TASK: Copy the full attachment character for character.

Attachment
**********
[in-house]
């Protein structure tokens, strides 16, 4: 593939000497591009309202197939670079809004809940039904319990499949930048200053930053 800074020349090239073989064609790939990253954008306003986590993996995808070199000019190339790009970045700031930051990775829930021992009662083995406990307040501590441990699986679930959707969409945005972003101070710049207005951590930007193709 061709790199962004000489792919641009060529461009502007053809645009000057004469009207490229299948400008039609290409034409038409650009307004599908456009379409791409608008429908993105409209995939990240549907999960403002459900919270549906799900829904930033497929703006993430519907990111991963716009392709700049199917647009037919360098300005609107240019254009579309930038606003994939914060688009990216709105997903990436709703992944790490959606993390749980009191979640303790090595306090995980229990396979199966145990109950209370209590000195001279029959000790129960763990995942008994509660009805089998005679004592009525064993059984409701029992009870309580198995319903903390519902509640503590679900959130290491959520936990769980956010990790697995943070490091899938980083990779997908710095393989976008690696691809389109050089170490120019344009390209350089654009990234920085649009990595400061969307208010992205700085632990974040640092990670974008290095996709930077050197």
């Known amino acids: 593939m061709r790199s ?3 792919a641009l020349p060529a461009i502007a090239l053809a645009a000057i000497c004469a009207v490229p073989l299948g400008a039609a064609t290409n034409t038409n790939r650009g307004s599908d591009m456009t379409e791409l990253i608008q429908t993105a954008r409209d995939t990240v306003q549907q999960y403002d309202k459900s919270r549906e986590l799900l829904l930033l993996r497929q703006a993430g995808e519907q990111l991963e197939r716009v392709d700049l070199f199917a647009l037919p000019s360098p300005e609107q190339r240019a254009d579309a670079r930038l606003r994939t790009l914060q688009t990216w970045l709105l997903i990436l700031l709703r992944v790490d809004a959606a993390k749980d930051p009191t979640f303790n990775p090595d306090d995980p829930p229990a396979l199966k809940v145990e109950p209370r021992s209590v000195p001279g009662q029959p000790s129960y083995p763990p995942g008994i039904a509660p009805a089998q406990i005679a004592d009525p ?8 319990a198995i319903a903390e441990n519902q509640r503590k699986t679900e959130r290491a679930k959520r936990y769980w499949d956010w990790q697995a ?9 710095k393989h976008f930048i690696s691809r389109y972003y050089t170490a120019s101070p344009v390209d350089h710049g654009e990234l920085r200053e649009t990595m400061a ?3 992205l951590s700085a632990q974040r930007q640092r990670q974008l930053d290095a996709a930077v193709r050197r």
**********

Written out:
[in-house]
């Protein structure tokens, strides 16, 4: 593939000497591009309202197939670079809004809940039904319990499949930048200053930053 800074020349090239073989064609790939990253954008306003986590993996995808070199000019190339790009970045700031930051990775829930021992009662083995406990307040501590441990699986679930959707969409945005972003101070710049207005951590930007193709 061709790199962004000489792919641009060529461009502007053809645009000057004469009207490229299948400008039609290409034409038409650009307004599908456009379409791409608008429908993105409209995939990240549907999960403002459900919270549906799900829904930033497929703006993430519907990111991963716009392709700049199917647009037919360098300005609107240019254009579309930038606003994939914060688009990216709105997903990436709703992944790490959606993390749980009191979640303790090595306090995980229990396979199966145990109950209370209590000195001279029959000790129960763990995942008994509660009805089998005679004592009525064993059984409701029992009870309580198995319903903390519902509640503590679900959130290491959520936990769980956010990790697995943070490091899938980083990779997908710095393989976008690696691809389109050089170490120019344009390209350089654009990234920085649009990595400061969307208010992205700085632990974040640092990670974008290095996709930077050197």
């Known amino acids: 593939m061709r790199s ?3 792919a641009l020349p060529a461009i502007a090239l053809a645009a000057i000497c004469a009207v490229p073989l299948g400008a039609a064609t290409n034409t038409n790939r650009g307004s599908d591009m456009t379409e791409l990253i608008q429908t993105a954008r409209d995939t990240v306003q549907q999960y403002d309202k459900s919270r549906e986590l799900l829904l930033l993996r497929q703006a993430g995808e519907q990111l991963e197939r716009v392709d700049l070199f199917a647009l037919p000019s360098p300005e609107q190339r240019a254009d579309a670079r930038l606003r994939t790009l914060q688009t990216w970045l709105l997903i990436l700031l709703r992944v790490d809004a959606a993390k749980d930051p009191t979640f303790n990775p090595d306090d995980p829930p229990a396979l199966k809940v145990e109950p209370r021992s209590v000195p001279g009662q029959p000790s129960y083995p763990p995942g008994i039904a509660p009805a089998q406990i005679a004592d009525p ?8 319990a198995i319903a903390e441990n519902q509640r503590k699986t679900e959130r290491a679930k959520r936990y769980w499949d956010w990790q697995a ?9 710095k393989h976008f930048i690696s691809r389109y972003y050089t170490a120019s101070p344009v390209d350089h710049g654009e990234l920085r200053e649009t990595m400061a ?3 992205l951590s700085a632990q974040r930007q640092r990670q974008l930053d290095a996709a930077v193709r050197r």